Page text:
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No 9/11 For Me

It's the seventh anniversary of the September 11th terrorists attacks. People across America are commemorating this solemn occasion, and it's all over the news. It's not something I look forward to.

I was in living in New York at that time. Since I worked the graveyard shift, I was already home when those idiots decided to fly those planes into the Twin Towers of the World Trade Center. It was the one time I was grateful for my crazy hours.

The experience was so surreal that I didn't even realize how serious it was. It looked like a really bad movie as I watched it on TV. Even though I saw the towers collapse before my eyes, I didn't realize the gravity of the situation until a friend from Georgia called to find out if I was alright.

My family in Texas was worried, but I had already spoken to my mom and she let everyone know that I was okay. Since the Towers had so many cell phone towers on them, a lot of calls weren't able to come through.

Even though I was tired, I couldn't tear myself away from the news coverage. I finally went to sleep, but I couldn't rest. Visions of what I'd seen kept playing in my head. I didn't go to work that night.

When I ventured out to work the next evening, my city looked like a ghost town. The World Trade Center was in the Financial District, but the air on the Upper West Side was thick and smoky. To get to my job, I had to walk past a fire station and the Red Cross. With all the tributes and pictures of those who hadn't been found, it was the saddest two blocks I'd ever walked. My sadness quickly turned to fear when I reached the job and realized that there were sharp shooters on the roof. They were there to guard the energy plant across the street.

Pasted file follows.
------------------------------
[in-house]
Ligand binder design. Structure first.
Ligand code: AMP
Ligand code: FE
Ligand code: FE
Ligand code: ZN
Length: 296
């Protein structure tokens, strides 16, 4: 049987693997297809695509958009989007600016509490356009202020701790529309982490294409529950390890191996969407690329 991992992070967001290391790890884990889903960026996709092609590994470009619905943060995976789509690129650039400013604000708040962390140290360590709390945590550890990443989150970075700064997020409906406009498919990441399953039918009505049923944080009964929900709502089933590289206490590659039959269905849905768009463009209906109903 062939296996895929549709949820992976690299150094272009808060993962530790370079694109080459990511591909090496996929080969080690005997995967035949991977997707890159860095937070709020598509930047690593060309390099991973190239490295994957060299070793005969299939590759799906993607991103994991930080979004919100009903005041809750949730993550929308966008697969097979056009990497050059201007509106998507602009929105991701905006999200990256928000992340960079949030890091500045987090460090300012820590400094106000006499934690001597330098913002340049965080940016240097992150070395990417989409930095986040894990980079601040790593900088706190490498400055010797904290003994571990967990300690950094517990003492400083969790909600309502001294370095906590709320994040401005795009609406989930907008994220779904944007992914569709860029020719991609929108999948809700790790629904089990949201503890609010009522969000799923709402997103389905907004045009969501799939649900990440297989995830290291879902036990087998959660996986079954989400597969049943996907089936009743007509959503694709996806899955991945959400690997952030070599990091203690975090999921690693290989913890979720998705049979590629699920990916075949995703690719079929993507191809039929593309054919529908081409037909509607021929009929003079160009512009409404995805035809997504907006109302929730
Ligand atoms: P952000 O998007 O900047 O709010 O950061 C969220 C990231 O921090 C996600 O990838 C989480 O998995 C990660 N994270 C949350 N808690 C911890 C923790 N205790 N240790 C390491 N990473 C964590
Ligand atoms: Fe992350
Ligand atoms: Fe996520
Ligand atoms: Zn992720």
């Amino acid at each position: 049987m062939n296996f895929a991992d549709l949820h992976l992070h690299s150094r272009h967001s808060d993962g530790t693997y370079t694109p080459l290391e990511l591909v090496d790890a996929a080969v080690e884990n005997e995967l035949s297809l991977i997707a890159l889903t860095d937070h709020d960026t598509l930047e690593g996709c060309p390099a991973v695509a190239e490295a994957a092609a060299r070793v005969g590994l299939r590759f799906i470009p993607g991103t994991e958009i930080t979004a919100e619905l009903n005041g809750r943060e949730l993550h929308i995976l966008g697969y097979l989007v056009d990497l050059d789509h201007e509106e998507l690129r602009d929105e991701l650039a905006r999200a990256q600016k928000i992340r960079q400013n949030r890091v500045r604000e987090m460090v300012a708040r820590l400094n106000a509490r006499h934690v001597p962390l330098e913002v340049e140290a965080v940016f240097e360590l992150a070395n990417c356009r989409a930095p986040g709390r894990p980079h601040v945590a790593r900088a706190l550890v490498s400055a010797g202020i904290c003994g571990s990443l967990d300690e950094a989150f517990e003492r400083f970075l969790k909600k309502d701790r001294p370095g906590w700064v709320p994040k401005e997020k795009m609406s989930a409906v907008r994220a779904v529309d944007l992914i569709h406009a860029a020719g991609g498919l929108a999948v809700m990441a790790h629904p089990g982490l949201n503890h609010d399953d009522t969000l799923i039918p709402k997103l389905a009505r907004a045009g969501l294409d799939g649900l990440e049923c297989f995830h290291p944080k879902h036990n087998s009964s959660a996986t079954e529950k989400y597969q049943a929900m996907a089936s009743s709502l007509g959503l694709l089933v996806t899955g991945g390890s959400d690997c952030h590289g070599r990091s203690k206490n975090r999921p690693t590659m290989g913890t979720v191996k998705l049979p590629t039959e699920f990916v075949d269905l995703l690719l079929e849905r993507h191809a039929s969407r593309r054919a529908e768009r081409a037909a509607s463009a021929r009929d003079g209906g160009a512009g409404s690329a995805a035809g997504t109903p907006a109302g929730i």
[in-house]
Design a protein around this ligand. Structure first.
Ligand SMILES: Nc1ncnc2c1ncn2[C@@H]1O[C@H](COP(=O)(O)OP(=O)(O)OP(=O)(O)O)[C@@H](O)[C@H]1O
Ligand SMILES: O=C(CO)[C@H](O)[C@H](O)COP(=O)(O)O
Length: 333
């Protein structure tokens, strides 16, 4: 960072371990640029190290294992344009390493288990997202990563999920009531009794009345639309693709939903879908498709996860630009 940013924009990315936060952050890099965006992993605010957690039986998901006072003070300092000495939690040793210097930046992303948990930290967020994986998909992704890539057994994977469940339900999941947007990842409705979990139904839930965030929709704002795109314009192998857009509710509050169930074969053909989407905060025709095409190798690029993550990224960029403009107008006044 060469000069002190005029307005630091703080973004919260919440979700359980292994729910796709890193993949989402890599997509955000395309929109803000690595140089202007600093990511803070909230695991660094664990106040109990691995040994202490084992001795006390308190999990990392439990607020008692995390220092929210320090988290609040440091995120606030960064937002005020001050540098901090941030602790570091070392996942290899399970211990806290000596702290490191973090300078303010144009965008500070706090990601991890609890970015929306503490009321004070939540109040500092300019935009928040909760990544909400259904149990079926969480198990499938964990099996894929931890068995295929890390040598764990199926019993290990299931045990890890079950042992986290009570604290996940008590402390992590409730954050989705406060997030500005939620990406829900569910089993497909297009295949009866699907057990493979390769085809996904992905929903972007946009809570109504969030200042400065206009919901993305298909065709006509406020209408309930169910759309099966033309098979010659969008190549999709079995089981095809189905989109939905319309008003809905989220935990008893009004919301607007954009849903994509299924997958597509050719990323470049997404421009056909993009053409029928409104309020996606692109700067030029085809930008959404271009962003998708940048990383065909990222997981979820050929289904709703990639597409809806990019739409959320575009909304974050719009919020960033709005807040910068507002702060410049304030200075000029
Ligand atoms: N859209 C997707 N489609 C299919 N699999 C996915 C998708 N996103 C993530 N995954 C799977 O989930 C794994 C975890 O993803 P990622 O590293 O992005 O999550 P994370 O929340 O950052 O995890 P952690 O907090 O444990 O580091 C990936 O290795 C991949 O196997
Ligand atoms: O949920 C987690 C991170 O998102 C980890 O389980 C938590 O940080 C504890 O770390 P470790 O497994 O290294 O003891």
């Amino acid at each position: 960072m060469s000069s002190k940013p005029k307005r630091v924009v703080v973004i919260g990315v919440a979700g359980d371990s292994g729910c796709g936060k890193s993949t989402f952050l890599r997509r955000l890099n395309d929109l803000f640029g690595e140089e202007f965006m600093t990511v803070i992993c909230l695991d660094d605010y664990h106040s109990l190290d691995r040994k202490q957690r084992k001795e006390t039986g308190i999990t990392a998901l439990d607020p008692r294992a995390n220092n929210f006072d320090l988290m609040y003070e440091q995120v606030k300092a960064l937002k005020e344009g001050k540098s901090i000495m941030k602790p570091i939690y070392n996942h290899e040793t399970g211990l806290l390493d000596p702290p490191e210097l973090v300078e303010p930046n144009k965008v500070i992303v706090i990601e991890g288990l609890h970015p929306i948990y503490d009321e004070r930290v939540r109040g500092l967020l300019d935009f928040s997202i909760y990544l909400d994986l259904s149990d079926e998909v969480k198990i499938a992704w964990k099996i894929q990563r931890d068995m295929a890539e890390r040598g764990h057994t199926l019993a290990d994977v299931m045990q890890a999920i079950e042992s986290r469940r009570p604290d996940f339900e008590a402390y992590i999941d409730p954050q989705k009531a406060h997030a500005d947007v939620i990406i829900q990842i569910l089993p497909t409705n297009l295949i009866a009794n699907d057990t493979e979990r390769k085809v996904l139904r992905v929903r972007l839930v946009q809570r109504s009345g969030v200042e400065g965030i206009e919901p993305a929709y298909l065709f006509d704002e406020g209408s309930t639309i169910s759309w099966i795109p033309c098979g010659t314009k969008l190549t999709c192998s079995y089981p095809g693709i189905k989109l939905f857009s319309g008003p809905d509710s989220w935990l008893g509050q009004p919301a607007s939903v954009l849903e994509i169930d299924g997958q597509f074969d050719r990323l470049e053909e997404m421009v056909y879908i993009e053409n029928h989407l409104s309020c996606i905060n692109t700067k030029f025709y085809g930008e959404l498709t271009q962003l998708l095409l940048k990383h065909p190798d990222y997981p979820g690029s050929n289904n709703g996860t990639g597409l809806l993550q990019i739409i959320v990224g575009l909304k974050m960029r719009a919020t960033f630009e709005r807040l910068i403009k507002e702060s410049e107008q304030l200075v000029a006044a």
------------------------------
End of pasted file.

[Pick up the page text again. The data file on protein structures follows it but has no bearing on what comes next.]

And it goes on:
The city itself seemed crippled, wounded. New Yorkers are known for their resilience, but the terrorists attacks touched even the hardest of the hard. Riding the train, always a source of entertainment, became a somber affair. The train stations became places where people would post pictures of their missing loved ones. The Times Square stop was the worst. In addition to pictures, there were candles and all kinds of tributes.

In the days following the tragedy, I stayed glued to the news during my waking hours, and in the overnights, my newsroom job meant I got to see stories that never made it to a newscast. My emotions were raw, and I cried all the time. The only thing that made me turn off the TV was when I heard the tears in a reporter's voice. To this day, I don't watch the news like I used to.

While I didn't lose anyone I loved in the tragedy, I lost my sense of innocence. Never again can I feel completely safe in my previously untouched country. And while we fight the war on terror on foreign soil, I know that our enemy is already here and waiting for another chance.

I know it's customary for us to remember the past, but with all due respect to those who are still mourning their loved ones, I don't want to. I lived it once, and I'd really rather not relive the moment my world came crashing down along with those towers again.


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